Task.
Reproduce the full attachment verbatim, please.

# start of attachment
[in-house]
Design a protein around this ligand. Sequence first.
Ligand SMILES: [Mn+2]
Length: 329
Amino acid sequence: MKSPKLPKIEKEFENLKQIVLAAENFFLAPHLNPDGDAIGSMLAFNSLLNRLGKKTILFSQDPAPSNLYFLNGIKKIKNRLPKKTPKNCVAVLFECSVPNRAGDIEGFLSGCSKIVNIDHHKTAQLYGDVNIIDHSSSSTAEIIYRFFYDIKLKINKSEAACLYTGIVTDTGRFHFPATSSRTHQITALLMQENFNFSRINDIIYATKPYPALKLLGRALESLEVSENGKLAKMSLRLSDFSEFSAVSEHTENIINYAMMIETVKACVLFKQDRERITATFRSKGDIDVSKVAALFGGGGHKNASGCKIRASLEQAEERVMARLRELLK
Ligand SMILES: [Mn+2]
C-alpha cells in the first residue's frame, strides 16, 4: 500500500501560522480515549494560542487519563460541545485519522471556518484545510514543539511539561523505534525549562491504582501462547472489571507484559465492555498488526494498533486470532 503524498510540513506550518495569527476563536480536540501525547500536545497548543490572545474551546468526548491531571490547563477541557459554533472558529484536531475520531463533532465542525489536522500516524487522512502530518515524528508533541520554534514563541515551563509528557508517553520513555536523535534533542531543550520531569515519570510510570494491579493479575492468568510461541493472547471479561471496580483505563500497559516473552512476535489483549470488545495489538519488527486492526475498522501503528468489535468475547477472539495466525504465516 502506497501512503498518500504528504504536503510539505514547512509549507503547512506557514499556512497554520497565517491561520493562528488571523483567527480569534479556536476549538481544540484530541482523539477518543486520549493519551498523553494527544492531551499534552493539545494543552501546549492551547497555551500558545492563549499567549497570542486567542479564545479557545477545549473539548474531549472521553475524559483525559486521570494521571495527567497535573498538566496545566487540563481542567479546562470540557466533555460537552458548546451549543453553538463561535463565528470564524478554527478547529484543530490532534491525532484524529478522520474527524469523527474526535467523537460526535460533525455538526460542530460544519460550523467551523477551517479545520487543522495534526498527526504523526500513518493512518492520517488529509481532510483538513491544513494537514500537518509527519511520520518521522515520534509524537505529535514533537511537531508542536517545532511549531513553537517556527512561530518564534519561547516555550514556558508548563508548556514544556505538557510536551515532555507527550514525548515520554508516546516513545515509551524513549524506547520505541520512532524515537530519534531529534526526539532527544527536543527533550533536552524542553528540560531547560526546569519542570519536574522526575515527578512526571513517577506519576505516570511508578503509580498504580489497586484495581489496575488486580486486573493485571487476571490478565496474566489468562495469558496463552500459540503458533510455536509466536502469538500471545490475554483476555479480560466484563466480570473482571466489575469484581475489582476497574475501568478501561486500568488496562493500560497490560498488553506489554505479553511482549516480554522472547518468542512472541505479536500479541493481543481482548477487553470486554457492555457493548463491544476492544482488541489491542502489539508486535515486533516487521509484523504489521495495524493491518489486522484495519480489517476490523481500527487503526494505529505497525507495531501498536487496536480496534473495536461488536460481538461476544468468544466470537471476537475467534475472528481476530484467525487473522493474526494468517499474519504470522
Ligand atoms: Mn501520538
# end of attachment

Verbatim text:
[in-house]
Design a protein around this ligand. Sequence first.
Ligand SMILES: [Mn+2]
Length: 329
Amino acid sequence: MKSPKLPKIEKEFENLKQIVLAAENFFLAPHLNPDGDAIGSMLAFNSLLNRLGKKTILFSQDPAPSNLYFLNGIKKIKNRLPKKTPKNCVAVLFECSVPNRAGDIEGFLSGCSKIVNIDHHKTAQLYGDVNIIDHSSSSTAEIIYRFFYDIKLKINKSEAACLYTGIVTDTGRFHFPATSSRTHQITALLMQENFNFSRINDIIYATKPYPALKLLGRALESLEVSENGKLAKMSLRLSDFSEFSAVSEHTENIINYAMMIETVKACVLFKQDRERITATFRSKGDIDVSKVAALFGGGGHKNASGCKIRASLEQAEERVMARLRELLK
Ligand SMILES: [Mn+2]
C-alpha cells in the first residue's frame, strides 16, 4: 500500500501560522480515549494560542487519563460541545485519522471556518484545510514543539511539561523505534525549562491504582501462547472489571507484559465492555498488526494498533486470532 503524498510540513506550518495569527476563536480536540501525547500536545497548543490572545474551546468526548491531571490547563477541557459554533472558529484536531475520531463533532465542525489536522500516524487522512502530518515524528508533541520554534514563541515551563509528557508517553520513555536523535534533542531543550520531569515519570510510570494491579493479575492468568510461541493472547471479561471496580483505563500497559516473552512476535489483549470488545495489538519488527486492526475498522501503528468489535468475547477472539495466525504465516 502506497501512503498518500504528504504536503510539505514547512509549507503547512506557514499556512497554520497565517491561520493562528488571523483567527480569534479556536476549538481544540484530541482523539477518543486520549493519551498523553494527544492531551499534552493539545494543552501546549492551547497555551500558545492563549499567549497570542486567542479564545479557545477545549473539548474531549472521553475524559483525559486521570494521571495527567497535573498538566496545566487540563481542567479546562470540557466533555460537552458548546451549543453553538463561535463565528470564524478554527478547529484543530490532534491525532484524529478522520474527524469523527474526535467523537460526535460533525455538526460542530460544519460550523467551523477551517479545520487543522495534526498527526504523526500513518493512518492520517488529509481532510483538513491544513494537514500537518509527519511520520518521522515520534509524537505529535514533537511537531508542536517545532511549531513553537517556527512561530518564534519561547516555550514556558508548563508548556514544556505538557510536551515532555507527550514525548515520554508516546516513545515509551524513549524506547520505541520512532524515537530519534531529534526526539532527544527536543527533550533536552524542553528540560531547560526546569519542570519536574522526575515527578512526571513517577506519576505516570511508578503509580498504580489497586484495581489496575488486580486486573493485571487476571490478565496474566489468562495469558496463552500459540503458533510455536509466536502469538500471545490475554483476555479480560466484563466480570473482571466489575469484581475489582476497574475501568478501561486500568488496562493500560497490560498488553506489554505479553511482549516480554522472547518468542512472541505479536500479541493481543481482548477487553470486554457492555457493548463491544476492544482488541489491542502489539508486535515486533516487521509484523504489521495495524493491518489486522484495519480489517476490523481500527487503526494505529505497525507495531501498536487496536480496534473495536461488536460481538461476544468468544466470537471476537475467534475472528481476530484467525487473522493474526494468517499474519504470522
Ligand atoms: Mn501520538